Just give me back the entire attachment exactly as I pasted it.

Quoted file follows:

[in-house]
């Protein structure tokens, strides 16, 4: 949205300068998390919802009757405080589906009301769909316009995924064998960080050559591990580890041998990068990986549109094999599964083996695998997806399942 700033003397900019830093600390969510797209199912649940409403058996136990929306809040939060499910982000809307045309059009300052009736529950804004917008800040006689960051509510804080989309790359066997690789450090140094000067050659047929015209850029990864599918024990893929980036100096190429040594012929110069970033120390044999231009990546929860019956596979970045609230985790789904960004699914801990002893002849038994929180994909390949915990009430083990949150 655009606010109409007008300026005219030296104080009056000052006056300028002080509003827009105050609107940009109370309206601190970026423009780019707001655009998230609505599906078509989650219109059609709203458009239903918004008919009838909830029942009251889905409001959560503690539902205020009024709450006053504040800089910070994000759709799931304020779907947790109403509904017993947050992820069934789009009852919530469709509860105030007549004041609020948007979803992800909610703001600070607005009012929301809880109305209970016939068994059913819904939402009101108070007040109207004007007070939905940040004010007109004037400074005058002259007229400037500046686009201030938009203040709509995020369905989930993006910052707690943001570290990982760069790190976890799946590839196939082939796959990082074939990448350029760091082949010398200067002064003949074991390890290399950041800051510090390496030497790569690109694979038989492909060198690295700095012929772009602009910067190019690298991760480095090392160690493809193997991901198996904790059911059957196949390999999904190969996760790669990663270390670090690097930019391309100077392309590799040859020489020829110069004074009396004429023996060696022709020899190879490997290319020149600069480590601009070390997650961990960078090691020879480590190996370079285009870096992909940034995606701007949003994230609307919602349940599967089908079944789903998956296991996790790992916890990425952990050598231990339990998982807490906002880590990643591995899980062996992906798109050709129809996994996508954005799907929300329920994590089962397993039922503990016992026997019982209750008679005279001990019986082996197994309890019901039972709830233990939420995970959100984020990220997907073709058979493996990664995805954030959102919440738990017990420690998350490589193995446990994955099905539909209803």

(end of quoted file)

[in-house]
């Protein structure tokens, strides 16, 4: 949205300068998390919802009757405080589906009301769909316009995924064998960080050559591990580890041998990068990986549109094999599964083996695998997806399942 700033003397900019830093600390969510797209199912649940409403058996136990929306809040939060499910982000809307045309059009300052009736529950804004917008800040006689960051509510804080989309790359066997690789450090140094000067050659047929015209850029990864599918024990893929980036100096190429040594012929110069970033120390044999231009990546929860019956596979970045609230985790789904960004699914801990002893002849038994929180994909390949915990009430083990949150 655009606010109409007008300026005219030296104080009056000052006056300028002080509003827009105050609107940009109370309206601190970026423009780019707001655009998230609505599906078509989650219109059609709203458009239903918004008919009838909830029942009251889905409001959560503690539902205020009024709450006053504040800089910070994000759709799931304020779907947790109403509904017993947050992820069934789009009852919530469709509860105030007549004041609020948007979803992800909610703001600070607005009012929301809880109305209970016939068994059913819904939402009101108070007040109207004007007070939905940040004010007109004037400074005058002259007229400037500046686009201030938009203040709509995020369905989930993006910052707690943001570290990982760069790190976890799946590839196939082939796959990082074939990448350029760091082949010398200067002064003949074991390890290399950041800051510090390496030497790569690109694979038989492909060198690295700095012929772009602009910067190019690298991760480095090392160690493809193997991901198996904790059911059957196949390999999904190969996760790669990663270390670090690097930019391309100077392309590799040859020489020829110069004074009396004429023996060696022709020899190879490997290319020149600069480590601009070390997650961990960078090691020879480590190996370079285009870096992909940034995606701007949003994230609307919602349940599967089908079944789903998956296991996790790992916890990425952990050598231990339990998982807490906002880590990643591995899980062996992906798109050709129809996994996508954005799907929300329920994590089962397993039922503990016992026997019982209750008679005279001990019986082996197994309890019901039972709830233990939420995970959100984020990220997907073709058979493996990664995805954030959102919440738990017990420690998350490589193995446990994955099905539909209803």